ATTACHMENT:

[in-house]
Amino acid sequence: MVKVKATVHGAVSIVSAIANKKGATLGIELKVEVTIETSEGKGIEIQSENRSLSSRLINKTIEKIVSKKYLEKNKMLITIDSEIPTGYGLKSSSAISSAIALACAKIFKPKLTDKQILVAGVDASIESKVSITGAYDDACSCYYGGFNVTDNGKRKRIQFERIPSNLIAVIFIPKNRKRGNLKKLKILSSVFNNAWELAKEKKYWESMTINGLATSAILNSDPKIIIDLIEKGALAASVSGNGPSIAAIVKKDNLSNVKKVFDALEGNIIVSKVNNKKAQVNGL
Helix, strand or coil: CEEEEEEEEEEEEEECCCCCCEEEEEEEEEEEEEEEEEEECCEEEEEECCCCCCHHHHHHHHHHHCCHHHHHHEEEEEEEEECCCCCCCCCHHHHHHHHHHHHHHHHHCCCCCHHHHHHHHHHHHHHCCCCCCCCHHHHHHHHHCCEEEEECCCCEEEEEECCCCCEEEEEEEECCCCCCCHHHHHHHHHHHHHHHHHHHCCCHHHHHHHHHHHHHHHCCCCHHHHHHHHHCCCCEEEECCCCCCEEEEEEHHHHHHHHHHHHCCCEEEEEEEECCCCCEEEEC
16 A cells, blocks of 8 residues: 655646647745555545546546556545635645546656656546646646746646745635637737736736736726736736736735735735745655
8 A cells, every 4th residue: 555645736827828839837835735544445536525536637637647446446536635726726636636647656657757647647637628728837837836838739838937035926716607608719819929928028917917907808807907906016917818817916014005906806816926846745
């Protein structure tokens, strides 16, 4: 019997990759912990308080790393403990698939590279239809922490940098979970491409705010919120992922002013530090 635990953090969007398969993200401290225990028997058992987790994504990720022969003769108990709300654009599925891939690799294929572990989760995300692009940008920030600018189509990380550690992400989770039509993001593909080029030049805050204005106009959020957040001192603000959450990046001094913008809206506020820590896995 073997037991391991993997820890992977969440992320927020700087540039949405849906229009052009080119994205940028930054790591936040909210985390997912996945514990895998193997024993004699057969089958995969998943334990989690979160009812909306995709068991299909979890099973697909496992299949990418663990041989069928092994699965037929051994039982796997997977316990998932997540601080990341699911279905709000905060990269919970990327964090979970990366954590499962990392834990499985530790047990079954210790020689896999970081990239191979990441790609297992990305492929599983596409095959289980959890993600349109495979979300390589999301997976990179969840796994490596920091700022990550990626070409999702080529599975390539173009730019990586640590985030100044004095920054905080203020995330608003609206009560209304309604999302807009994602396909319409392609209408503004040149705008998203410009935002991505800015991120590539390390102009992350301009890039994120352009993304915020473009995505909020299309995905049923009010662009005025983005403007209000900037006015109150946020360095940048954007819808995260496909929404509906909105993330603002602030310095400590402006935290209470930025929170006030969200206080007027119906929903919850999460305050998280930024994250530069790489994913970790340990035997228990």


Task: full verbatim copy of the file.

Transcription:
[in-house]
Amino acid sequence: MVKVKATVHGAVSIVSAIANKKGATLGIELKVEVTIETSEGKGIEIQSENRSLSSRLINKTIEKIVSKKYLEKNKMLITIDSEIPTGYGLKSSSAISSAIALACAKIFKPKLTDKQILVAGVDASIESKVSITGAYDDACSCYYGGFNVTDNGKRKRIQFERIPSNLIAVIFIPKNRKRGNLKKLKILSSVFNNAWELAKEKKYWESMTINGLATSAILNSDPKIIIDLIEKGALAASVSGNGPSIAAIVKKDNLSNVKKVFDALEGNIIVSKVNNKKAQVNGL
Helix, strand or coil: CEEEEEEEEEEEEEECCCCCCEEEEEEEEEEEEEEEEEEECCEEEEEECCCCCCHHHHHHHHHHHCCHHHHHHEEEEEEEEECCCCCCCCCHHHHHHHHHHHHHHHHHCCCCCHHHHHHHHHHHHHHCCCCCCCCHHHHHHHHHCCEEEEECCCCEEEEEECCCCCEEEEEEEECCCCCCCHHHHHHHHHHHHHHHHHHHCCCHHHHHHHHHHHHHHHCCCCHHHHHHHHHCCCCEEEECCCCCCEEEEEEHHHHHHHHHHHHCCCEEEEEEEECCCCCEEEEC
16 A cells, blocks of 8 residues: 655646647745555545546546556545635645546656656546646646746646745635637737736736736726736736736735735735745655
8 A cells, every 4th residue: 555645736827828839837835735544445536525536637637647446446536635726726636636647656657757647647637628728837837836838739838937035926716607608719819929928028917917907808807907906016917818817916014005906806816926846745
């Protein structure tokens, strides 16, 4: 019997990759912990308080790393403990698939590279239809922490940098979970491409705010919120992922002013530090 635990953090969007398969993200401290225990028997058992987790994504990720022969003769108990709300654009599925891939690799294929572990989760995300692009940008920030600018189509990380550690992400989770039509993001593909080029030049805050204005106009959020957040001192603000959450990046001094913008809206506020820590896995 073997037991391991993997820890992977969440992320927020700087540039949405849906229009052009080119994205940028930054790591936040909210985390997912996945514990895998193997024993004699057969089958995969998943334990989690979160009812909306995709068991299909979890099973697909496992299949990418663990041989069928092994699965037929051994039982796997997977316990998932997540601080990341699911279905709000905060990269919970990327964090979970990366954590499962990392834990499985530790047990079954210790020689896999970081990239191979990441790609297992990305492929599983596409095959289980959890993600349109495979979300390589999301997976990179969840796994490596920091700022990550990626070409999702080529599975390539173009730019990586640590985030100044004095920054905080203020995330608003609206009560209304309604999302807009994602396909319409392609209408503004040149705008998203410009935002991505800015991120590539390390102009992350301009890039994120352009993304915020473009995505909020299309995905049923009010662009005025983005403007209000900037006015109150946020360095940048954007819808995260496909929404509906909105993330603002602030310095400590402006935290209470930025929170006030969200206080007027119906929903919850999460305050998280930024994250530069790489994913970790340990035997228990």